Impressive in the store, lots of sex appeal with the bright screen and curves, but ultimately just an average device.
    macxpresstmaylkruppjbdragontechprod1gyblastdoorcalidesignrpscooter63adamc
  • Reply 5 of 45
    macguimacgui Posts: 1,303member
    I don't see why Samsung's brand loyalty is any more surprising than Apple's or anybody else. Yes, they had a significant problem with the Note 7, and the replacement Note 7. 

    They lost big money, but whole N7 incident/situation was bad for them, not necessarily for their customer base. It's not as though they can no longer make a decent phone.

    If this had happened to the iPhone line I use, I'd return it in a heartbeat. Less, maybe. If it happened to the replacement as well, I'd be concerned/disappointed/wary/etc. Doesn't mean I'd drop Apple as my chosen vendor. Even if this happened to my phone, I'd have to consider what this means for future products before I swore them off.

    The thing I didn't/don't understand is why some owners didn't turn in their N7s, assuming they weren't going to regift them to someone they didn't like, but were going to use them themselves (without looking for a big Sammie Payday).

    watto_cobra
  • Reply 6 of 45
    macxpressmacxpress Posts: 4,896member
    A coworker who always had iPhones bought a Galaxy S7 Edge this time around when he upgraded. He summed it up the other day to me after having it for a few months:

    "This phone is like that blonde-haired, large breasted model you see in the club. You hook up and start having a fling, but after a couple weeks you find out she's a bitch with a lousy personality and dumber than a bag of hammers and you can't stand to be around her."

    Impressive in the store, lots of sex appeal with the bright screen and curves, but ultimately just an average device.
    Haha! Great way of putting it! :)
    pscooter63watto_cobrapeterhart
  • Reply 7 of 45
    mjtomlinmjtomlin Posts: 1,876member
    blastdoor said:
    I agree with the statement in the article that we need to wait to see actual sales figures from Apple before attempting to draw conclusions. 

    Ha! When does anyone wait until Apple actually makes a statement about anything? Whether it's sales figures or product development - it's all speculation and it's almost always negative. While it is fun to guess what's going on, since Apple is tight-lipped about everything, we see way too many people taking these "reports" and rumors too seriously. It seems that patience is a virtue that doesn't have a place online.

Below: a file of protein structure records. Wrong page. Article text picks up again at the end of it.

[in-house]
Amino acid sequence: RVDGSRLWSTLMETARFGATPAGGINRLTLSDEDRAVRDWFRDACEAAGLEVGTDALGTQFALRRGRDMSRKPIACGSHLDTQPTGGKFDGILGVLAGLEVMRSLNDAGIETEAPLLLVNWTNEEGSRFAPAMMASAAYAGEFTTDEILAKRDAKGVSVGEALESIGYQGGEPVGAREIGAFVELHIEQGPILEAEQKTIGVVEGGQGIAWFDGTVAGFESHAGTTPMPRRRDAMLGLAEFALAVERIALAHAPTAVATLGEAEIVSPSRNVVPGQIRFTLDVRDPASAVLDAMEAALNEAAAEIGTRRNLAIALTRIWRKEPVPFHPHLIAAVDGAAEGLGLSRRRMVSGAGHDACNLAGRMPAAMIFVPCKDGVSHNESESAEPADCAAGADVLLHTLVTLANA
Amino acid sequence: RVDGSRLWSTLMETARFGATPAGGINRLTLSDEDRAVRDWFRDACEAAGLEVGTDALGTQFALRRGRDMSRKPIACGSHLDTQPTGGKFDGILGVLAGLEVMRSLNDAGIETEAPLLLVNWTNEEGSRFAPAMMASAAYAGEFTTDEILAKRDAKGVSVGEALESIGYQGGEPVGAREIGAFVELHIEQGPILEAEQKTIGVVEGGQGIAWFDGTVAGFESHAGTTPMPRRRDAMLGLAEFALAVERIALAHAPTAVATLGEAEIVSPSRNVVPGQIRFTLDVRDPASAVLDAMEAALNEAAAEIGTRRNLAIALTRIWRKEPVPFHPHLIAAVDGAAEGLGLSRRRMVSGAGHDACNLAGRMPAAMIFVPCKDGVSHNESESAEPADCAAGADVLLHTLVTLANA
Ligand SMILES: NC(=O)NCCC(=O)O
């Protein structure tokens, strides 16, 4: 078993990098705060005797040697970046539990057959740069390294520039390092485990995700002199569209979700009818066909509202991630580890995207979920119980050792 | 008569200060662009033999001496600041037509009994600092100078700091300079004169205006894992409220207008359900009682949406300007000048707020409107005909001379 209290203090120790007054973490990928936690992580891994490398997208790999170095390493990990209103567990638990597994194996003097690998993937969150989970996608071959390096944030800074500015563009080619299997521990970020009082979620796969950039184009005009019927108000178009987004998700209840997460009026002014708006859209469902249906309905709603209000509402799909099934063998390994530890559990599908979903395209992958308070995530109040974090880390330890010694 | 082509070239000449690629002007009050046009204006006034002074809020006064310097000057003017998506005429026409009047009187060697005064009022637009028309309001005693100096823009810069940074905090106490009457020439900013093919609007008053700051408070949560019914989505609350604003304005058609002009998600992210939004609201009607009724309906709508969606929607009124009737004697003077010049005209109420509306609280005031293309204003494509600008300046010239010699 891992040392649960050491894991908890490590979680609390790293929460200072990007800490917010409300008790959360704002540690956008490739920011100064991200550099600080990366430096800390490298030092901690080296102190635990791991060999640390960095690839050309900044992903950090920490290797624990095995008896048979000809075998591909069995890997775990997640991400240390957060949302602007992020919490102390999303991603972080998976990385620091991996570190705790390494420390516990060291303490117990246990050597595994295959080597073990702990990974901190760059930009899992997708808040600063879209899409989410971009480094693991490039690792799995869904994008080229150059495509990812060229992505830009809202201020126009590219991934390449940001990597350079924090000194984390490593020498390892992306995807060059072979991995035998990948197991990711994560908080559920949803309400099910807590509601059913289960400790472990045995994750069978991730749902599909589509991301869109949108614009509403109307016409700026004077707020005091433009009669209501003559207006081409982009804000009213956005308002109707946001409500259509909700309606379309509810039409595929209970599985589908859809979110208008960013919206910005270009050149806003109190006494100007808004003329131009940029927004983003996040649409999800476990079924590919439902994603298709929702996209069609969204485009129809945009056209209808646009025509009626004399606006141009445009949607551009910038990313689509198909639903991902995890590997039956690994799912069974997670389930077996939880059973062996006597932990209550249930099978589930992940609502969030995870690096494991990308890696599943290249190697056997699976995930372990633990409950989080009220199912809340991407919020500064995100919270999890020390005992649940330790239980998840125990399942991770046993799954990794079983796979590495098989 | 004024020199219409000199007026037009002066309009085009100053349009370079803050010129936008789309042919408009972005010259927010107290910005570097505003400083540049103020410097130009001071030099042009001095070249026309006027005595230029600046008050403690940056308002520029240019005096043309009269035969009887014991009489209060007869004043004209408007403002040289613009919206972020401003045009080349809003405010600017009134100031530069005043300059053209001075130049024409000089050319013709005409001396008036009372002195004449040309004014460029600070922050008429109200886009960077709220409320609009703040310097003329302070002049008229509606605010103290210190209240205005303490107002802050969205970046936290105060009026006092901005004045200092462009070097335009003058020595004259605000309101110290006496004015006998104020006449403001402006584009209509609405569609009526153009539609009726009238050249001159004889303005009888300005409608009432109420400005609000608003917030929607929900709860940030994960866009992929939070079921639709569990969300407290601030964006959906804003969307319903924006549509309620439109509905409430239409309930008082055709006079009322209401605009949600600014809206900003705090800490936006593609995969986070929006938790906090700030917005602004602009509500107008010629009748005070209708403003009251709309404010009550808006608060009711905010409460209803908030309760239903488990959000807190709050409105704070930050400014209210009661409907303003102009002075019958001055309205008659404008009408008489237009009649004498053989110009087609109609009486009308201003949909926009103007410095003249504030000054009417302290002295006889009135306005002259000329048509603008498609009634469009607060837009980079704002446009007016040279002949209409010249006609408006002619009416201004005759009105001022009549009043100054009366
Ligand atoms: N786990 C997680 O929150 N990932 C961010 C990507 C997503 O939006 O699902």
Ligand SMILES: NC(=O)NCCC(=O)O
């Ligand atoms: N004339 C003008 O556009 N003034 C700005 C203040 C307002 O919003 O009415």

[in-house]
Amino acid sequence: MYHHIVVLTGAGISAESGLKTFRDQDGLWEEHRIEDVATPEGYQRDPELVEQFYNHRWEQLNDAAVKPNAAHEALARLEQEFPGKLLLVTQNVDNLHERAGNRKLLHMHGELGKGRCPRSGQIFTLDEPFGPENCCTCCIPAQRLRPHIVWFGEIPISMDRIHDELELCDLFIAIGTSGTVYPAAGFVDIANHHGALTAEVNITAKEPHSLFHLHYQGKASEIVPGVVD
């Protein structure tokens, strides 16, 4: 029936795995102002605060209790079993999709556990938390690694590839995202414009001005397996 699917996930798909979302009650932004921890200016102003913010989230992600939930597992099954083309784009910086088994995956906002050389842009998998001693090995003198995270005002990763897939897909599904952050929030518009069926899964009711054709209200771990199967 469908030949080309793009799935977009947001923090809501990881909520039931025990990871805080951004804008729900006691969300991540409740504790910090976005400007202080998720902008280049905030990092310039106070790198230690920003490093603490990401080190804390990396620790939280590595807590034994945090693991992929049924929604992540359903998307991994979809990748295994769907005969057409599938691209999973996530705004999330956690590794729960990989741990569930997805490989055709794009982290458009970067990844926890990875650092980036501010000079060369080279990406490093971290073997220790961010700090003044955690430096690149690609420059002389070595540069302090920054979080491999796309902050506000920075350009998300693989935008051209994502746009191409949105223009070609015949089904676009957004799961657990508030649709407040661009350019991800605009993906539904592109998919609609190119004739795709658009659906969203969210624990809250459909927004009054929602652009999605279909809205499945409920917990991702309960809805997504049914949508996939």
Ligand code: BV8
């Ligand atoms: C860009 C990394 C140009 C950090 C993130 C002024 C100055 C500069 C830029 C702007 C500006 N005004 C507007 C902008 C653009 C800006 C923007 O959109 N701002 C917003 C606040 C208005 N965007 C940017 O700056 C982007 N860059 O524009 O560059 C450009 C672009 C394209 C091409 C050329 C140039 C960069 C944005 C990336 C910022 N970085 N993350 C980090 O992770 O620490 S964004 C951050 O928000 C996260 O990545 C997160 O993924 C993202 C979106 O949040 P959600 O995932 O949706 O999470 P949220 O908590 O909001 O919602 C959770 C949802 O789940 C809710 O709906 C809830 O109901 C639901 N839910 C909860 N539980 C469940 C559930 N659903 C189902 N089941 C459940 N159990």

cali
  • Reply 8 of 45
    NY1822NY1822 Posts: 599member
    I was waiting for this article, knew they would try to spin this as a negative for Apple:

    https://www.google.com/amp/s/9to5mac.com/2015/10/27/apple-q4-android-switchers-30-percent/amp/?client=safari

    every quarter Apple states "record number of Android switchers"...some loyalty 
    edited December 2016 cali
  • Reply 9 of 45
    lkrupplkrupp Posts: 7,154member
    No surprise here, just laughable hypocrisy. Apple haters are always using terms like iSheep, Sheeple, Lemmings, cultists, religious zealots, fanbois, and any other term that implies blindly following the herd without thinking. Turns out the pot is worse than the kettle it would seem. 
    calisingularitylarryapalominewatto_cobrabrucemcspinnyd
  • Reply 10 of 45
    Interestingly phrased headline, here's MacRumors : "iPhone 7's Lack of 'Compelling' Features Convinced Most Galaxy Note7 Owners to Stay With Samsung", but love is blind though I completely agree
    brucemc
  • Reply 11 of 45
    It's not so much about loyalty but more on price..cheap price. All Android users I know personally bought Android phones because they're cheap or on sale or free on promotions. Of course there are Android loyalists but I think most Android users are price conscious and/or don't care too much about branding and bells & whistles in a phone.
    calipscooter63Macsplosionwatto_cobra
  • Reply 12 of 45
    jbdragonjbdragon Posts: 2,134member
    I didn't have a issue with Samsung's Note 7 battery issue at first.  I think at that point, there's no reason for anyone to really flee them. What made it so much worse was releasing so called fixed Note 7's when they didn't and still don't know what went wrong with the first ones and those started exploding also.

    At that point, it's a good time to flee Samesung and go to someone else.  I'm sure some went to the iPhone while others went with LG or a Google phone or whatever else.  Singer of the diehards went with a Samsung S series, or held onto the note as long as possible until it was disabled and then did one of the above things. I think many well jump onto the Note 8 next year.
     Talking about sheep. They're the worst.